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Catch water from riverbed
Floodwater harvesting in Tanzania


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Vol. 5                                      No. 1                          February 2002

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Catch water from riverbed

Most of the seasonal riverbeds remain without any surface flow during non-monsoon period. However, the sand deposits on these riverbeds are generally saturated with water that could be effectively tapped by constructing infiltration galleries and radial collector wells. This practice is common in the Indian states like Gujarat and Andhra Pradesh.


Figure1: Infiltration galleries

Infiltration galleries
The infiltration galleries consist of open well on the riverbank. The well is connected to the riverbed by a horizontal perforated pipe to collect water. The water entrapped in the sediments of riverbed gets filtered before entering the well through the pipe by gravity flow. Pebble pitching done around the pipe prevents the fine sand particles from entering the well. From the well the water can be extracted either by power pump or by hand pump. (see figure1: Infiltration galleries) Different types of galleries can be designed according to local condition they could be constructed parallel or across riverbeds.


Figure 2: Radial collector wells

Radial collector wells
Radial wells are quite similar to the infiltration galleries, however they are constructed on the riverbed itself instead of on riverbank. They are circular wells that are constructed in the center of the riverbed.

From the bottom of the well, perforated pipes are laid out in all directions. The length of the pipes range from 10 to 15 meters. These pipes divert water from the sediments to open well through the gravity flow. (see figure 2: Radial collector wells) The water collected in the well can be pumped out using power pumps.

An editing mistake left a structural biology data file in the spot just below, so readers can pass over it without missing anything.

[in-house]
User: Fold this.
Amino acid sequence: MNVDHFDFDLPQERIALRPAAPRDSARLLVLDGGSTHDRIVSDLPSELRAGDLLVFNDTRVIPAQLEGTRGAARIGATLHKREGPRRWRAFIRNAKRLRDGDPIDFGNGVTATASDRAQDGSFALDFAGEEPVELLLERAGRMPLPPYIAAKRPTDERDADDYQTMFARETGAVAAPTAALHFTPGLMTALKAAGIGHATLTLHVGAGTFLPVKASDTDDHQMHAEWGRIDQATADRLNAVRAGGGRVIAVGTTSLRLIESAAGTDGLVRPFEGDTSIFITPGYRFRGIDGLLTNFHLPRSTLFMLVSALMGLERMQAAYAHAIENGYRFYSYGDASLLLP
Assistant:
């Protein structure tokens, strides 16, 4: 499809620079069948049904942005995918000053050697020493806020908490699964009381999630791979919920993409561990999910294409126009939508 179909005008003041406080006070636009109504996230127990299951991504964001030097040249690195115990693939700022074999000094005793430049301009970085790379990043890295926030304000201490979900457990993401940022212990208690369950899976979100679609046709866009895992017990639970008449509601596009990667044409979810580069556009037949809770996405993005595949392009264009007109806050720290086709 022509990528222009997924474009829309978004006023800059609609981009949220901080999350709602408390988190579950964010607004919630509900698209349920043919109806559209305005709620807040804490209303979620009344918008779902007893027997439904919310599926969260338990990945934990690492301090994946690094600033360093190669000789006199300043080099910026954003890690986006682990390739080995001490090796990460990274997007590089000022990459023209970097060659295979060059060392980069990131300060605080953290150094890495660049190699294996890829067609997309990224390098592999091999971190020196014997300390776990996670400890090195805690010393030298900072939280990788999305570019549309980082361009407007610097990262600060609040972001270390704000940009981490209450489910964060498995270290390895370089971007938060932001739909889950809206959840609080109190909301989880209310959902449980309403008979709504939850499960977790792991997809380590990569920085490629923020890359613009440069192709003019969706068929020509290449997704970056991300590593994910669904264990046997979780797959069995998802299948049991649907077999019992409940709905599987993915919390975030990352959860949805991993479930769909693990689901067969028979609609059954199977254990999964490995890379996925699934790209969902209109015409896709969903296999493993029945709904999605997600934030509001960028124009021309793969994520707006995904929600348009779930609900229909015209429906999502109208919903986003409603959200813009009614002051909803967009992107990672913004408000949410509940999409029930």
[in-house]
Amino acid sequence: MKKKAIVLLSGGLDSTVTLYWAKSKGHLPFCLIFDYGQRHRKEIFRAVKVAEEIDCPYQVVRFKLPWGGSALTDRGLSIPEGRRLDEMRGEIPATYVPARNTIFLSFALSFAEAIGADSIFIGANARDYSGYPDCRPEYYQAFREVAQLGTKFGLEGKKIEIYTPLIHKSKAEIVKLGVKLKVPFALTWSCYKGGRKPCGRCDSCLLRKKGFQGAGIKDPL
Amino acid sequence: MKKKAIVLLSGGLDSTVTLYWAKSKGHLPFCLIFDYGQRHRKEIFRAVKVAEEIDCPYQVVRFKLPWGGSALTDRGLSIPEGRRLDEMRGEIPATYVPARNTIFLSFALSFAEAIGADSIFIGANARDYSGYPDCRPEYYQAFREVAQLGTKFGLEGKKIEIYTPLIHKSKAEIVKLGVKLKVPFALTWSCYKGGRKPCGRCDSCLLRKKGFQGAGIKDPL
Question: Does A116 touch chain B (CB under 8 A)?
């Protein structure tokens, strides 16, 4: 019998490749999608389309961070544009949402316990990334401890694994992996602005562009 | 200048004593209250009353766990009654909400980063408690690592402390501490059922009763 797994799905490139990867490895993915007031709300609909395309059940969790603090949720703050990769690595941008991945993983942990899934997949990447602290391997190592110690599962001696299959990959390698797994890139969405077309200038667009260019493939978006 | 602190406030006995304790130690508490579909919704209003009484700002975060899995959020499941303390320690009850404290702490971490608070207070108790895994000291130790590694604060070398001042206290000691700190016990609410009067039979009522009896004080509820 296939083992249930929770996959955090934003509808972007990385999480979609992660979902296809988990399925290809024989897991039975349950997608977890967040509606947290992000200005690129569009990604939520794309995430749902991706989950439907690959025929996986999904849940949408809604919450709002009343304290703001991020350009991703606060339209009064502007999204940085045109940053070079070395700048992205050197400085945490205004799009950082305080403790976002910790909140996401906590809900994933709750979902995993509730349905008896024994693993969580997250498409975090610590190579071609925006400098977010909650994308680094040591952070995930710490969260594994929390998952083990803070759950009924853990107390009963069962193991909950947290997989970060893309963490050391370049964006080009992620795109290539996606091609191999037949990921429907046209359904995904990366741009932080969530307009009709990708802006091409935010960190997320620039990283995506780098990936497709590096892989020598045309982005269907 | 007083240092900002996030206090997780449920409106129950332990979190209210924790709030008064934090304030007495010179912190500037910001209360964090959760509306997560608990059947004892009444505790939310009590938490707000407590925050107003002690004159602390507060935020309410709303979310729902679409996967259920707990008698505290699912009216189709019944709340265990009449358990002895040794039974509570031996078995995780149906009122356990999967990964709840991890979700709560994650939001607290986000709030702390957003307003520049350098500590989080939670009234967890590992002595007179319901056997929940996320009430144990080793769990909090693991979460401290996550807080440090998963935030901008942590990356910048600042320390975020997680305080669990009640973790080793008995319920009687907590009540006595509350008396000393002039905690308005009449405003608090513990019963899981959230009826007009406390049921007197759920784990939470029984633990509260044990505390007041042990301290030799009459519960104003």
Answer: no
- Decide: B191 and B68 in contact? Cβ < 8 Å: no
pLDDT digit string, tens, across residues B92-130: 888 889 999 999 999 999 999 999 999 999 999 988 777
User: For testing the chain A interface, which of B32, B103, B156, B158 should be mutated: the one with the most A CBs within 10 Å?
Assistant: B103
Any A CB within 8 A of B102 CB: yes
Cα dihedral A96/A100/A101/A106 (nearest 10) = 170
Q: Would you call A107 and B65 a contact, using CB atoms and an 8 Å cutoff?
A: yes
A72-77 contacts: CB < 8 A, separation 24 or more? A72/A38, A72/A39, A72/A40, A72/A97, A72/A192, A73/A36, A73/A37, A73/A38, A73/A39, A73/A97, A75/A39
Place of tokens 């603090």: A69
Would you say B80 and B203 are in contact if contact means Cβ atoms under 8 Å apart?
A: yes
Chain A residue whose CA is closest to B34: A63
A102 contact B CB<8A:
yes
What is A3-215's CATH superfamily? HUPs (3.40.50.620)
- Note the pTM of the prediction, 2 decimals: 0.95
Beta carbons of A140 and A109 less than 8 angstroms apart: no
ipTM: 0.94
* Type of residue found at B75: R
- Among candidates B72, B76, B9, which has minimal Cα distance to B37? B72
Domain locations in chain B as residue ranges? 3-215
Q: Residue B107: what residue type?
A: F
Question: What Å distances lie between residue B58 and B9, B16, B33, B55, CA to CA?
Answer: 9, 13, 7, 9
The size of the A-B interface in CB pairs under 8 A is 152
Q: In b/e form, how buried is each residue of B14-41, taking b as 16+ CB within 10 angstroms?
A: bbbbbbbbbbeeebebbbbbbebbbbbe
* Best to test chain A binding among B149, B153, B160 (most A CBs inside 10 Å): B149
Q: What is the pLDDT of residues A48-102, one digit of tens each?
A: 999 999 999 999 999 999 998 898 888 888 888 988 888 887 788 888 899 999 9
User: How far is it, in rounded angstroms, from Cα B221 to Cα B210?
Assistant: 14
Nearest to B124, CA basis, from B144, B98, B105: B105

The thickness of sand deposits on the riverbed directly determines the amount of water that can be extracted from both these wells. Many of these wells are abandoned, due to illegal sand quarrying from the riverbed. There is an urgent need to control this illegal practice that would solve the water problem of many villages.


Floodwater harvesting in Tanzania

Flash floods that occur in semi arid areas due to the variations in the nature of rainfall could be effectively harvested and utilised. Tanzania has successfully evolved a technique called the Majaluba systems. It is basically a rectangular basin bunded on all four sides into which the harvested water is diverted and stored. The basin is constructed by digging the field to a depth of about 0.2 meter and the scooped soil is used to build a bund around the field per meter. Other systems that are in practice are the trapezoidal basins and rectangular basin bunded on three sides.

Another method of flood water harvesting is the caag system the stream water can be diverted and conveyed to crop area. In this system water fills the top basin and spills around the end of the bund into next basin. Flood water harvesting can be a tool for flood mitigation.

Nuhu Hatibu and H F Mahoo 2000, Rainwater Harvesting for Natural Resources Management: A planning guide for Tanzania, Relma, Kenya

Copyright CSE  Centre for Science and Environment